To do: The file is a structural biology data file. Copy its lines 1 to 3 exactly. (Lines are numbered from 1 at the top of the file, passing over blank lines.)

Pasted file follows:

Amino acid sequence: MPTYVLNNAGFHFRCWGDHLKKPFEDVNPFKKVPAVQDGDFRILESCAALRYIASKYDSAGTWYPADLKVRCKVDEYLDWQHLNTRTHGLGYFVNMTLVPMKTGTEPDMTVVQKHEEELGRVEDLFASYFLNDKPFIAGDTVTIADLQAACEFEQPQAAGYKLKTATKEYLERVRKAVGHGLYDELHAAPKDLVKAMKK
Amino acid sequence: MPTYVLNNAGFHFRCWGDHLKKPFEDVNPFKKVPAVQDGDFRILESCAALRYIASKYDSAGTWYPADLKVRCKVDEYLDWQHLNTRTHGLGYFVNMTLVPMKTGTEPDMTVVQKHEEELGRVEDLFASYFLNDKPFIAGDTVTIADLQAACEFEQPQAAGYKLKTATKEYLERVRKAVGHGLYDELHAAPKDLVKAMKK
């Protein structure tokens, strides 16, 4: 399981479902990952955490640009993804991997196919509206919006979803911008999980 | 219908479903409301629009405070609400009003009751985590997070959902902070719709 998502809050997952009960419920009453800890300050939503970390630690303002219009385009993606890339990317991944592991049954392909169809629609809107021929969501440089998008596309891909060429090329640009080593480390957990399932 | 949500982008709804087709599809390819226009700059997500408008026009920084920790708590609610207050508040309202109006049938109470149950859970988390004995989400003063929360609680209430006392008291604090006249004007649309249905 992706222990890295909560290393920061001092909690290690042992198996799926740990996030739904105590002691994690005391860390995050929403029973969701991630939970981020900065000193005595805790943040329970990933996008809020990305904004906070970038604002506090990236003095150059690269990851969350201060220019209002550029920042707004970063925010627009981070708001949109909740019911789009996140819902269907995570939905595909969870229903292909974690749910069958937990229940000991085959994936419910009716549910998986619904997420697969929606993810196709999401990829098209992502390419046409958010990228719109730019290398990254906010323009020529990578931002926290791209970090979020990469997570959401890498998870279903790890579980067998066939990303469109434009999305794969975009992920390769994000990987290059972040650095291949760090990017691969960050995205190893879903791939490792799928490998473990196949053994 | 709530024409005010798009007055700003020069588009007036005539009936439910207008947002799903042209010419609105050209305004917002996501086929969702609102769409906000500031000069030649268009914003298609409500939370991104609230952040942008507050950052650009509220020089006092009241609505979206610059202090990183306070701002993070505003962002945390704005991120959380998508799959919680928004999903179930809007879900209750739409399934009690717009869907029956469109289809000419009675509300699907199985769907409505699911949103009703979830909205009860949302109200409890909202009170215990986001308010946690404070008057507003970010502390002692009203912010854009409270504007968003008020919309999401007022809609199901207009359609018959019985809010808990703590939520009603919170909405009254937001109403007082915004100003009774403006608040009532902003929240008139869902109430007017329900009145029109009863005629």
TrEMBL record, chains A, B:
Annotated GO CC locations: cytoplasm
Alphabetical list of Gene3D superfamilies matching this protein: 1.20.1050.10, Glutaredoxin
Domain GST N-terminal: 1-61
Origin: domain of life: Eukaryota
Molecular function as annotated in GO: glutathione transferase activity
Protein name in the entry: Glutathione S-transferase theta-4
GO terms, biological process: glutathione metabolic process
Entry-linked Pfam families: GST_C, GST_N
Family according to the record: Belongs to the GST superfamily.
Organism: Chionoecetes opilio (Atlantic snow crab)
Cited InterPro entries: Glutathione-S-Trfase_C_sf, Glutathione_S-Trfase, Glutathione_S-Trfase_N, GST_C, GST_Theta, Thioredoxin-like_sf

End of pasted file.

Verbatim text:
Amino acid sequence: MPTYVLNNAGFHFRCWGDHLKKPFEDVNPFKKVPAVQDGDFRILESCAALRYIASKYDSAGTWYPADLKVRCKVDEYLDWQHLNTRTHGLGYFVNMTLVPMKTGTEPDMTVVQKHEEELGRVEDLFASYFLNDKPFIAGDTVTIADLQAACEFEQPQAAGYKLKTATKEYLERVRKAVGHGLYDELHAAPKDLVKAMKK
Amino acid sequence: MPTYVLNNAGFHFRCWGDHLKKPFEDVNPFKKVPAVQDGDFRILESCAALRYIASKYDSAGTWYPADLKVRCKVDEYLDWQHLNTRTHGLGYFVNMTLVPMKTGTEPDMTVVQKHEEELGRVEDLFASYFLNDKPFIAGDTVTIADLQAACEFEQPQAAGYKLKTATKEYLERVRKAVGHGLYDELHAAPKDLVKAMKK
């Protein structure tokens, strides 16, 4: 399981479902990952955490640009993804991997196919509206919006979803911008999980 | 219908479903409301629009405070609400009003009751985590997070959902902070719709 998502809050997952009960419920009453800890300050939503970390630690303002219009385009993606890339990317991944592991049954392909169809629609809107021929969501440089998008596309891909060429090329640009080593480390957990399932 | 949500982008709804087709599809390819226009700059997500408008026009920084920790708590609610207050508040309202109006049938109470149950859970988390004995989400003063929360609680209430006392008291604090006249004007649309249905 992706222990890295909560290393920061001092909690290690042992198996799926740990996030739904105590002691994690005391860390995050929403029973969701991630939970981020900065000193005595805790943040329970990933996008809020990305904004906070970038604002506090990236003095150059690269990851969350201060220019209002550029920042707004970063925010627009981070708001949109909740019911789009996140819902269907995570939905595909969870229903292909974690749910069958937990229940000991085959994936419910009716549910998986619904997420697969929606993810196709999401990829098209992502390419046409958010990228719109730019290398990254906010323009020529990578931002926290791209970090979020990469997570959401890498998870279903790890579980067998066939990303469109434009999305794969975009992920390769994000990987290059972040650095291949760090990017691969960050995205190893879903791939490792799928490998473990196949053994 | 709530024409005010798009007055700003020069588009007036005539009936439910207008947002799903042209010419609105050209305004917002996501086929969702609102769409906000500031000069030649268009914003298609409500939370991104609230952040942008507050950052650009509220020089006092009241609505979206610059202090990183306070701002993070505003962002945390704005991120959380998508799959919680928004999903179930809007879900209750739409399934009690717009869907029956469109289809000419009675509300699907199985769907409505699911949103009703979830909205009860949302109200409890909202009170215990986001308010946690404070008057507003970010502390002692009203912010854009409270504007968003008020919309999401007022809609199901207009359609018959019985809010808990703590939520009603919170909405009254937001109403007082915004100003009774403006608040009532902003929240008139869902109430007017329900009145029109009863005629």